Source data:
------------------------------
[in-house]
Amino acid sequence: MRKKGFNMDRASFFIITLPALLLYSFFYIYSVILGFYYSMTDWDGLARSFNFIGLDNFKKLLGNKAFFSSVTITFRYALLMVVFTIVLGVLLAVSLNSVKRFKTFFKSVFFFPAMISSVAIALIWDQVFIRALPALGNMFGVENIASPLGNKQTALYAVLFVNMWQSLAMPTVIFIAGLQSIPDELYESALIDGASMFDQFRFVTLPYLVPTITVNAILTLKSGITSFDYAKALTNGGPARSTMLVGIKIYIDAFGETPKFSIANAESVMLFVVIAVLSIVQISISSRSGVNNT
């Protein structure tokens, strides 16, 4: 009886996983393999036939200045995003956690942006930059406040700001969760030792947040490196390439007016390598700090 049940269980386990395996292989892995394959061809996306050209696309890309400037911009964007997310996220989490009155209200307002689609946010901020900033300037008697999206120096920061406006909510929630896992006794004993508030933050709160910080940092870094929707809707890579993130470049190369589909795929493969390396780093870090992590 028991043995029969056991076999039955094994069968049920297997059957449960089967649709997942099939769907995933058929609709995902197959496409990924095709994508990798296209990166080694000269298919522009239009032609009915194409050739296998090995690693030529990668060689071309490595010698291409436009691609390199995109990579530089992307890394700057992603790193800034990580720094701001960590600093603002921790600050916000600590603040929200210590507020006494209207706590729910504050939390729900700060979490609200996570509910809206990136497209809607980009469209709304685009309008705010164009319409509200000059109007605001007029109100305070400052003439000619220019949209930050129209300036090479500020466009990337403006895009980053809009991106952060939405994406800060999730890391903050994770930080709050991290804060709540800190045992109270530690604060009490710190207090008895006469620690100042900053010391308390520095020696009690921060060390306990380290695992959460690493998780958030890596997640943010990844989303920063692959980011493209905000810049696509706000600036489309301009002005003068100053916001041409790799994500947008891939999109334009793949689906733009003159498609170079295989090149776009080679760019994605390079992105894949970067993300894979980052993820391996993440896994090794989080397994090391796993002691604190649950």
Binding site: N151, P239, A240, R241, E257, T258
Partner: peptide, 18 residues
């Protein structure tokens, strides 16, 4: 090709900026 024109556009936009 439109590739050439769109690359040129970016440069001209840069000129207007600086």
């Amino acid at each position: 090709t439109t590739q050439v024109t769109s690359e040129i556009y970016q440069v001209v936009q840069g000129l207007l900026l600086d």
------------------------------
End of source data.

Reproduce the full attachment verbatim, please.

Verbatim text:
[in-house]
Amino acid sequence: MRKKGFNMDRASFFIITLPALLLYSFFYIYSVILGFYYSMTDWDGLARSFNFIGLDNFKKLLGNKAFFSSVTITFRYALLMVVFTIVLGVLLAVSLNSVKRFKTFFKSVFFFPAMISSVAIALIWDQVFIRALPALGNMFGVENIASPLGNKQTALYAVLFVNMWQSLAMPTVIFIAGLQSIPDELYESALIDGASMFDQFRFVTLPYLVPTITVNAILTLKSGITSFDYAKALTNGGPARSTMLVGIKIYIDAFGETPKFSIANAESVMLFVVIAVLSIVQISISSRSGVNNT
């Protein structure tokens, strides 16, 4: 009886996983393999036939200045995003956690942006930059406040700001969760030792947040490196390439007016390598700090 049940269980386990395996292989892995394959061809996306050209696309890309400037911009964007997310996220989490009155209200307002689609946010901020900033300037008697999206120096920061406006909510929630896992006794004993508030933050709160910080940092870094929707809707890579993130470049190369589909795929493969390396780093870090992590 028991043995029969056991076999039955094994069968049920297997059957449960089967649709997942099939769907995933058929609709995902197959496409990924095709994508990798296209990166080694000269298919522009239009032609009915194409050739296998090995690693030529990668060689071309490595010698291409436009691609390199995109990579530089992307890394700057992603790193800034990580720094701001960590600093603002921790600050916000600590603040929200210590507020006494209207706590729910504050939390729900700060979490609200996570509910809206990136497209809607980009469209709304685009309008705010164009319409509200000059109007605001007029109100305070400052003439000619220019949209930050129209300036090479500020466009990337403006895009980053809009991106952060939405994406800060999730890391903050994770930080709050991290804060709540800190045992109270530690604060009490710190207090008895006469620690100042900053010391308390520095020696009690921060060390306990380290695992959460690493998780958030890596997640943010990844989303920063692959980011493209905000810049696509706000600036489309301009002005003068100053916001041409790799994500947008891939999109334009793949689906733009003159498609170079295989090149776009080679760019994605390079992105894949970067993300894979980052993820391996993440896994090794989080397994090391796993002691604190649950």
Binding site: N151, P239, A240, R241, E257, T258
Partner: peptide, 18 residues
């Protein structure tokens, strides 16, 4: 090709900026 024109556009936009 439109590739050439769109690359040129970016440069001209840069000129207007600086």
């Amino acid at each position: 090709t439109t590739q050439v024109t769109s690359e040129i556009y970016q440069v001209v936009q840069g000129l207007l900026l600086d």